Pace University Improves Science Education, Participation Locally Through Science Saturday Enrichment
Pleasantville, NY – October 31, 2013 — Entering its third year, Science Saturdays brings a myriad of science concepts to life for participating students in grades 4-8 in Croton, White Plains and Briarcliff schools. Sessions began in early October 2013 and will continue through late April.
Each monthly session lasts for three hours and students learn about a science concept from a Pace University professor and then complete their own experiments, bringing science to life in new and exciting ways. The program expands this year from four sessions to six, and planned topics include computers, microbiology and ecology.
The approach works. In a White Plains session last year, 4th and 5th grade boys conducted chemistry experiments with Sandra Flank, PhD, professor emeritus at the School of Education. “I liked it and I want to take chemistry in high school,” one boy reflected. “I think that [the session] was too short, especially that I was having fun. I wish I could spend the whole day with [Professor] Flank doing this.”
The following workshops will take place at the Croton Harmon High School science labs from 9 a.m. to 12 p.m.:
• November 23 – “Making Computers Talk, Part 1” with Dr. Gerald Ardito
• December 14 – “Making Computers Talk, Part 2” with Dr. Gerald Ardito
• February 8, 2014 – “Reducing Our Impact On the Environment” with Professor Angelo Spillo
• March 8, 2014 – “Ecology: Change Right Under Our Noses” with Profs. Carl and Charlene Hoegler
• May 10, 2014 – “Investigating Microscopic Critters” with Professor Andrew Weir
The following two-hour workshops for White Plains students, as part of the “Making Computers Talk” series with Dr. Gerald Ardito, will take place in the Fall and Spring during the White Plains Saturday Academy:
• October 26 and January 25, 2014 – Making Computers Talk, Session #1: The Basics of Scratch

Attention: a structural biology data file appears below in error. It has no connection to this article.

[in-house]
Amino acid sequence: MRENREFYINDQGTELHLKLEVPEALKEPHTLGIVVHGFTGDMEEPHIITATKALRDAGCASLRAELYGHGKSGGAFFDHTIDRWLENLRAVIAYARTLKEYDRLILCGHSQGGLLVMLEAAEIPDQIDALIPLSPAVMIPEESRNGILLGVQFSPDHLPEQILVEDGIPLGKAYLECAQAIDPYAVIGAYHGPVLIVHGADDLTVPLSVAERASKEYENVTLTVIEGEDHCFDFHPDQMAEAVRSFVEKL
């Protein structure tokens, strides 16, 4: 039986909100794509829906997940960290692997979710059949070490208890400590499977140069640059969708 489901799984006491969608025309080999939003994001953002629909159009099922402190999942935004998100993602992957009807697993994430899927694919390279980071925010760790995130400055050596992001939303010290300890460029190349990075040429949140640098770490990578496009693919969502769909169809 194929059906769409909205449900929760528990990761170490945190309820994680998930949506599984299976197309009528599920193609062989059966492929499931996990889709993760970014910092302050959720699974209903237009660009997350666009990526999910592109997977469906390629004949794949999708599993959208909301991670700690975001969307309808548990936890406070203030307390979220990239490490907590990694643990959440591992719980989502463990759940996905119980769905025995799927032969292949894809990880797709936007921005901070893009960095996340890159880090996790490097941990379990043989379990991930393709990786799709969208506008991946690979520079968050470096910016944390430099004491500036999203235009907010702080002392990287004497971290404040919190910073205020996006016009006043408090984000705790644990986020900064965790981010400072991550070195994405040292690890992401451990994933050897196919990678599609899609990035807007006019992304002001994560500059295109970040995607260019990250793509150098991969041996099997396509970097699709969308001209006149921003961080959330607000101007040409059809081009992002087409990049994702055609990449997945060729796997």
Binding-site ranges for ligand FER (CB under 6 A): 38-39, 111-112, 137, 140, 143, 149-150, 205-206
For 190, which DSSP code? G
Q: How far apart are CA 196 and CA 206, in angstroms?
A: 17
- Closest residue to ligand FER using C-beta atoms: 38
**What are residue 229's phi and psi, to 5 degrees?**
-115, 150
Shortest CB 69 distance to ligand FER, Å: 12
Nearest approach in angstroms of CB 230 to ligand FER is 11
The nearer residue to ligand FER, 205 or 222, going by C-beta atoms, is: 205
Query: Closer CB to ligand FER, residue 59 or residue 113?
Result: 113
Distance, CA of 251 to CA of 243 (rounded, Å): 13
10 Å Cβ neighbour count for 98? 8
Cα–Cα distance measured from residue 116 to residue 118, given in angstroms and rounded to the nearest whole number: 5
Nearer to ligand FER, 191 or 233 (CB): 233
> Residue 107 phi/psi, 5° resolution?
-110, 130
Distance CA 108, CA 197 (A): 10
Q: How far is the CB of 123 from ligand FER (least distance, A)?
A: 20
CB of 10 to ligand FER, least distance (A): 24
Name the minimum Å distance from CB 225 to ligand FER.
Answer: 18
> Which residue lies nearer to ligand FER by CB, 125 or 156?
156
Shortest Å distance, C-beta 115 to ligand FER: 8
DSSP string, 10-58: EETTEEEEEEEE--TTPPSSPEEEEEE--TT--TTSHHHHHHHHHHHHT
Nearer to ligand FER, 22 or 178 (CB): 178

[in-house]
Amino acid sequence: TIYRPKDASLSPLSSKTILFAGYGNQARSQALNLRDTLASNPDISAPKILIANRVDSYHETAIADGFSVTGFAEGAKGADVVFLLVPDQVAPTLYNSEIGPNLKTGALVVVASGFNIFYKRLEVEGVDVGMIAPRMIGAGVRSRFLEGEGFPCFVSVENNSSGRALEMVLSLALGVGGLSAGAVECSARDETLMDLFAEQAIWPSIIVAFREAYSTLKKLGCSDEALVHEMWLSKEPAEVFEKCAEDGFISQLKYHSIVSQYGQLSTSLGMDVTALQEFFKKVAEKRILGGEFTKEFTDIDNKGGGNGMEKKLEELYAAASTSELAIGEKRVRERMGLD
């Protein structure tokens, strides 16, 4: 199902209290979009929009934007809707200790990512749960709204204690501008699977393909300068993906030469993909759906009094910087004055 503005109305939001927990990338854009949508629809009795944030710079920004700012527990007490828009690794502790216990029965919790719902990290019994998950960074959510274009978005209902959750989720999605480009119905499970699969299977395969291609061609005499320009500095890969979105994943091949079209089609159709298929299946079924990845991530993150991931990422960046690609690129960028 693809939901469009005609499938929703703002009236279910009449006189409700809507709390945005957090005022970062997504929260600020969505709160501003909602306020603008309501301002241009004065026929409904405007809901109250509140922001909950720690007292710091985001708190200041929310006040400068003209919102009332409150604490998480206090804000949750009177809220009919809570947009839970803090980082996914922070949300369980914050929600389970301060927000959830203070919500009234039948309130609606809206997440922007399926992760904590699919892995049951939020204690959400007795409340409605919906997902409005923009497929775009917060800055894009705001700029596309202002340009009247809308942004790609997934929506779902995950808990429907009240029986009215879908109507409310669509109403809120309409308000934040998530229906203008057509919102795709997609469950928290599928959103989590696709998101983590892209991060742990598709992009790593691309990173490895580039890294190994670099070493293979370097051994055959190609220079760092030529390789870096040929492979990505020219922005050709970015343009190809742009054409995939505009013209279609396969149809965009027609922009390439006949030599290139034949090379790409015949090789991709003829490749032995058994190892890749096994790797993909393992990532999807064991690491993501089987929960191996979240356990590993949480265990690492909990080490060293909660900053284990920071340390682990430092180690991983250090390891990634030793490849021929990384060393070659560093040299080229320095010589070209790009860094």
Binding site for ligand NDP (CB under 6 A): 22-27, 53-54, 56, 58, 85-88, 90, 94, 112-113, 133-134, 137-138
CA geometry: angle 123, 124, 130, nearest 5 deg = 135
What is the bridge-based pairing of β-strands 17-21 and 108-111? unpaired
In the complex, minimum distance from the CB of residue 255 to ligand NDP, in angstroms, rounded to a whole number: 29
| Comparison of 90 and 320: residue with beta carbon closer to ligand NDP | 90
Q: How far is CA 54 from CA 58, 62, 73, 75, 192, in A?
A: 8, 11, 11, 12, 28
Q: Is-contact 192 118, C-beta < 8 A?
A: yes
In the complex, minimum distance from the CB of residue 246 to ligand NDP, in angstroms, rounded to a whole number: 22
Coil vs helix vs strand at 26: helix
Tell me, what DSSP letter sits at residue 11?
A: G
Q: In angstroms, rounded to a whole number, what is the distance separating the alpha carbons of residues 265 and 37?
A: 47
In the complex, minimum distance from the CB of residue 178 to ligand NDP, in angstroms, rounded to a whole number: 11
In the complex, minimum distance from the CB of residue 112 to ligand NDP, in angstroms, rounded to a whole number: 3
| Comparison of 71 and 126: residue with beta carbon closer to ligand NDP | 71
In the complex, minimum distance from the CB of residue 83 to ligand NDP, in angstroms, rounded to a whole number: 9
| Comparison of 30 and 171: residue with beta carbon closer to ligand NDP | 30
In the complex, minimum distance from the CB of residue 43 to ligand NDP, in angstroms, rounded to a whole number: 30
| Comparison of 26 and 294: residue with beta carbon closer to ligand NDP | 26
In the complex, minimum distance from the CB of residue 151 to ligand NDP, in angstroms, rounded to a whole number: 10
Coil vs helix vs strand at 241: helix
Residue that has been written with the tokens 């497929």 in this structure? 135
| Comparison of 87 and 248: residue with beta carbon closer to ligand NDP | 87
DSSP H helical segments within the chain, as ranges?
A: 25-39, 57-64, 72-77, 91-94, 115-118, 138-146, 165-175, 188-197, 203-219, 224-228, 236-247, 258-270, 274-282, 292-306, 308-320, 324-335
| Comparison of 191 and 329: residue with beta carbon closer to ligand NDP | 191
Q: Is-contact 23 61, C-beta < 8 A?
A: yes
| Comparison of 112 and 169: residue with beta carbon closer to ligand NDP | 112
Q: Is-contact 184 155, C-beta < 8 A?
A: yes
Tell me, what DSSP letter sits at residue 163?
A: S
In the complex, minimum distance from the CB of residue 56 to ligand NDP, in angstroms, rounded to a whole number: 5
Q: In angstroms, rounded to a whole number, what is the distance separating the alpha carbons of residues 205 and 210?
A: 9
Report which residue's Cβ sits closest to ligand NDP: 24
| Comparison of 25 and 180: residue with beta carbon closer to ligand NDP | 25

• November 16 and February 22 – Making Computers Talk, Session #2: Beyond the Basics of Scratch
• December 21 and March 29 – Making Computers Talk, Session #3: Connecting Scratch to the Outside World-Sensors and Motors
Members of the media are invited to attend to see first-hand how the School of Education at Pace University is making a difference in engaging students in science and generating interest in STEM fields.
Instruction in Science, Technology, Engineering and Mathematics (STEM) is taking on a new importance as American student performance in these areas continues to decline, and these disciplines command greater importance in our evolving global economy. Part of the problem is also encouraging traditionally underrepresented minority students and women into these fields and supporting their pathways to success. The need for more than 100,000 STEM teachers in the next 10 years underscores the need for quality instruction to keep students competitive and encourage American innovation and economic strength.
Science Saturdays are just one example of Pace’s deep commitment to improving science study and STEM instruction. Pace’s School of Education and Seidenberg School of Computer Science and Information Systems are partners in the Pace STEM Collaboratory, a program that facilitates interdisciplinary research and the exchange of ideas among students, faculty, and staff in STEM disciplines, and improves and supports STEM teaching and learning at the middle and high-school levels through continued and expanded relationships with public schools in the region.
About Pace University
Since 1906, Pace has educated thinking professionals by providing high quality education for the professions on a firm base of liberal learning amid the advantages of the New York metropolitan area. A private university, Pace has campuses in New York City and Westchester County, New York, enrolling nearly 13,000 students in bachelor’s, master’s, and doctoral programs in its Lubin School of Business, Dyson College of Arts and Sciences, College of Health Professions, School of Education, School of Law, and Seidenberg School of Computer Science and Information Systems. www.pace.edu
Media contact: Bill Caldwell, Pace, 212-346-1597, firstname.lastname@example.org
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